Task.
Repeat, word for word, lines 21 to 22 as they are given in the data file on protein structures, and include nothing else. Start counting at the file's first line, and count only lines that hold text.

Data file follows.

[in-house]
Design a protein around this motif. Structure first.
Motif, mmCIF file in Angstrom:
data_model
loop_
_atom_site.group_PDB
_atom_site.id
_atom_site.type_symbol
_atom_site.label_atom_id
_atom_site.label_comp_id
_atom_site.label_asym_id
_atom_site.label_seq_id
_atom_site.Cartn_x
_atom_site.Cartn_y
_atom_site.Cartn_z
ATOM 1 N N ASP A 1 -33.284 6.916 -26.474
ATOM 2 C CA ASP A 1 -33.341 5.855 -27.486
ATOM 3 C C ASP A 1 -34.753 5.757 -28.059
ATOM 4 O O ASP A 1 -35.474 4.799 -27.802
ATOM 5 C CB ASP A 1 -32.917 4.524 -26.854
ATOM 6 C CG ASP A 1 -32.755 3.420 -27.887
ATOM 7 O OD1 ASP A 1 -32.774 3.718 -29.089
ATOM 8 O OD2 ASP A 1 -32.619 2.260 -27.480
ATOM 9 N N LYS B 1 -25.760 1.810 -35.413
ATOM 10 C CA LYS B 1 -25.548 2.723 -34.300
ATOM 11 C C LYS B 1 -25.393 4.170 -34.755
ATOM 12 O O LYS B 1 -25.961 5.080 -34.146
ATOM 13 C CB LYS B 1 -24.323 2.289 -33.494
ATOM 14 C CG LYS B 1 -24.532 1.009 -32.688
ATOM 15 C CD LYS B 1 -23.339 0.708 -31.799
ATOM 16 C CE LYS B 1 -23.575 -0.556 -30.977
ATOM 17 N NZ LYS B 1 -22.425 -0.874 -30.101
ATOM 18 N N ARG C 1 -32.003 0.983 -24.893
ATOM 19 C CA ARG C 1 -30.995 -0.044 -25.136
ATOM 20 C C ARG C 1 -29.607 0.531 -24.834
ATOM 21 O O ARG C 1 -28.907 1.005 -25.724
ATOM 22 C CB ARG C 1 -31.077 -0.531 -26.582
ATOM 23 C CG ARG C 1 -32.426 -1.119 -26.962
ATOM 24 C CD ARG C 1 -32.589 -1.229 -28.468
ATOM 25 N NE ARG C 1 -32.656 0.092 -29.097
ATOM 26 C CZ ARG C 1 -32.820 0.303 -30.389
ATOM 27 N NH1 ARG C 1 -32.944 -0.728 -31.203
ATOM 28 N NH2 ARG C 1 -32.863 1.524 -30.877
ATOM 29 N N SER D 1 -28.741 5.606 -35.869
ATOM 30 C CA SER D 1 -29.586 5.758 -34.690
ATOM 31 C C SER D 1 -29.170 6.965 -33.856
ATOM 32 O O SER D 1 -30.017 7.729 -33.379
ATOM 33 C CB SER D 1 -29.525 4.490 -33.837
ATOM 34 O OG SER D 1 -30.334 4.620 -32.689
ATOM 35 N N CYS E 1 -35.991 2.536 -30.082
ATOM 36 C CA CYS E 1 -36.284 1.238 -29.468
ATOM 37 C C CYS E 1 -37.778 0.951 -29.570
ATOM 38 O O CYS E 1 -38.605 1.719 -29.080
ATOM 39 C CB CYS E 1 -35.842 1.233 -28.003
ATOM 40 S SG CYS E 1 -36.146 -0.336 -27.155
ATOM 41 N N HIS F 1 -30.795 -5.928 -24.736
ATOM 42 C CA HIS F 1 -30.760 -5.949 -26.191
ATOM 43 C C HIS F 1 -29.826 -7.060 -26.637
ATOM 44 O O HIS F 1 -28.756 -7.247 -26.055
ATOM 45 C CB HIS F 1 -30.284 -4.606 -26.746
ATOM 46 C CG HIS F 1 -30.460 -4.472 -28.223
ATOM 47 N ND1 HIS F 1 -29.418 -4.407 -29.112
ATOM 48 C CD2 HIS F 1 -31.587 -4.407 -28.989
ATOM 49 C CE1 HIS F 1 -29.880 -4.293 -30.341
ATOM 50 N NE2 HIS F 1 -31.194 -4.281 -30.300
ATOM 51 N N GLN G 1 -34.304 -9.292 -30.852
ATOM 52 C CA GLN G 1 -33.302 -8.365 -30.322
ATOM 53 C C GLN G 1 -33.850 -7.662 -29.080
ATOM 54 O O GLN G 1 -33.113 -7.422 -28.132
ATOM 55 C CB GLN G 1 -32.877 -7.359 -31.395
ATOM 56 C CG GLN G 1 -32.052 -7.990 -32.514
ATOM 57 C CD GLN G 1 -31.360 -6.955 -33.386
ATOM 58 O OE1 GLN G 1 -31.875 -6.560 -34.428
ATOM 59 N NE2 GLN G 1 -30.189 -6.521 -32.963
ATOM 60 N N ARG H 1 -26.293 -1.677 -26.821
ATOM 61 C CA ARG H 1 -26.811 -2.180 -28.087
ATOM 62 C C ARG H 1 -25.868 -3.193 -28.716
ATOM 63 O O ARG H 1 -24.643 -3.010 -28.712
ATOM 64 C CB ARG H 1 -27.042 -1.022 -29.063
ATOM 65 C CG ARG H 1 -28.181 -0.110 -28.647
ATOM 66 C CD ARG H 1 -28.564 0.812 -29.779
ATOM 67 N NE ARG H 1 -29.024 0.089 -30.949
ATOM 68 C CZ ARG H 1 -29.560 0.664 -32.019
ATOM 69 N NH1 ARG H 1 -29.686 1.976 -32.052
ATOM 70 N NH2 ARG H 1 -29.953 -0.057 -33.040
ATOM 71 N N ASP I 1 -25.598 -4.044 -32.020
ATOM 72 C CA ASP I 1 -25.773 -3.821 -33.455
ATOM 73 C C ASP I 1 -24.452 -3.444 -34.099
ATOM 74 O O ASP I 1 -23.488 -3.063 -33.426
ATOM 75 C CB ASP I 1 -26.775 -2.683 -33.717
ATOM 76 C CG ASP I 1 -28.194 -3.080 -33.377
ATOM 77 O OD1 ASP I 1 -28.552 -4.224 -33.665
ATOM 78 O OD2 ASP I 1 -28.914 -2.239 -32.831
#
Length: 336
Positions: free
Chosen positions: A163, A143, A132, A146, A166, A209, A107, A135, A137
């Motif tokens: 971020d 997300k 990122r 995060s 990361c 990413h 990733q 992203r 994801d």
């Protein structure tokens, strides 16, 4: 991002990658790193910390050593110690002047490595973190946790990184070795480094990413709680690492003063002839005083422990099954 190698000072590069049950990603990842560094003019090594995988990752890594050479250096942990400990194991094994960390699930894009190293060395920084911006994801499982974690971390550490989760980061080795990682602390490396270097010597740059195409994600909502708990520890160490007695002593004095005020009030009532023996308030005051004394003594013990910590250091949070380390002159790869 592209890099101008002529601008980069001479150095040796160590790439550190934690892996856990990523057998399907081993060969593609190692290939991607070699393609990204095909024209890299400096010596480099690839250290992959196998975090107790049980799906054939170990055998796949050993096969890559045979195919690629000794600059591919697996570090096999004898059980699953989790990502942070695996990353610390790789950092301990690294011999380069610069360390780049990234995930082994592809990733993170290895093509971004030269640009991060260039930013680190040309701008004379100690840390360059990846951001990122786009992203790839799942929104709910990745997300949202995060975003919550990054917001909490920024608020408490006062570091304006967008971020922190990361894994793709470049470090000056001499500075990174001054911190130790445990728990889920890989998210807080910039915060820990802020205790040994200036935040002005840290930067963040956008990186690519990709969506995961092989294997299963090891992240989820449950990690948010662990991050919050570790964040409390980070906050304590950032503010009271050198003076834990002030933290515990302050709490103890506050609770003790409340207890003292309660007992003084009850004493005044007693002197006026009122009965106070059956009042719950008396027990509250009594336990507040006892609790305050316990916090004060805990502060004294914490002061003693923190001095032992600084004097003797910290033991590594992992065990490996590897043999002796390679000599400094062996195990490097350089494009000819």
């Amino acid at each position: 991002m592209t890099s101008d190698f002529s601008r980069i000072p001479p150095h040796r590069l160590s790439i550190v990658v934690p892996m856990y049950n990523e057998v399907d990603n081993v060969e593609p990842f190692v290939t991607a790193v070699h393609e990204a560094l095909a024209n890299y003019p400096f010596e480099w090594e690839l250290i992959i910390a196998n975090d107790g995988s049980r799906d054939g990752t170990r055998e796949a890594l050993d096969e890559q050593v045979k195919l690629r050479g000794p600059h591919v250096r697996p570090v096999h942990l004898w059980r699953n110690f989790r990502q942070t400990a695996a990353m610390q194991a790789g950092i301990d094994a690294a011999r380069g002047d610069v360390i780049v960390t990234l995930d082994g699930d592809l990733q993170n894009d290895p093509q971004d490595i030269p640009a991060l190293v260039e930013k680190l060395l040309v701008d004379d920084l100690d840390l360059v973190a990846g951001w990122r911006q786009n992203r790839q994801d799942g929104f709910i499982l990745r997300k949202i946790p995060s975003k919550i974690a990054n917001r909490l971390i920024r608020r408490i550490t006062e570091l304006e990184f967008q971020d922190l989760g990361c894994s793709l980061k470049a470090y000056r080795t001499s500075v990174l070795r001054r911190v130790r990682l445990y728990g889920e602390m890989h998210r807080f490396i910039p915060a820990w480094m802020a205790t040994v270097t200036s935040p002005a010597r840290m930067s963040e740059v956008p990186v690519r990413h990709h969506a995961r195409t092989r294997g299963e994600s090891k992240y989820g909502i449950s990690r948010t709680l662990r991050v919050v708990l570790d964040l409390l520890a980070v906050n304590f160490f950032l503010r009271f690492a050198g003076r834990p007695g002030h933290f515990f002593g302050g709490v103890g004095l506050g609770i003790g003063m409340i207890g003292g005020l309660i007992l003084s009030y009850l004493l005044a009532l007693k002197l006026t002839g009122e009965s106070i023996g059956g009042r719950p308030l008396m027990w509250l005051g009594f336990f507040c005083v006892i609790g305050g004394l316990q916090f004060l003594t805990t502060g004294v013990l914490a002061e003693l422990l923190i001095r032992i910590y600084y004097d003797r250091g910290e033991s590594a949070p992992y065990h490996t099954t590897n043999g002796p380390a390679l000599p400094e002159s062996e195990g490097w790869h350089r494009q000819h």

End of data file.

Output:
ATOM 6 C CG ASP A 1 -32.755 3.420 -27.887
ATOM 7 O OD1 ASP A 1 -32.774 3.718 -29.089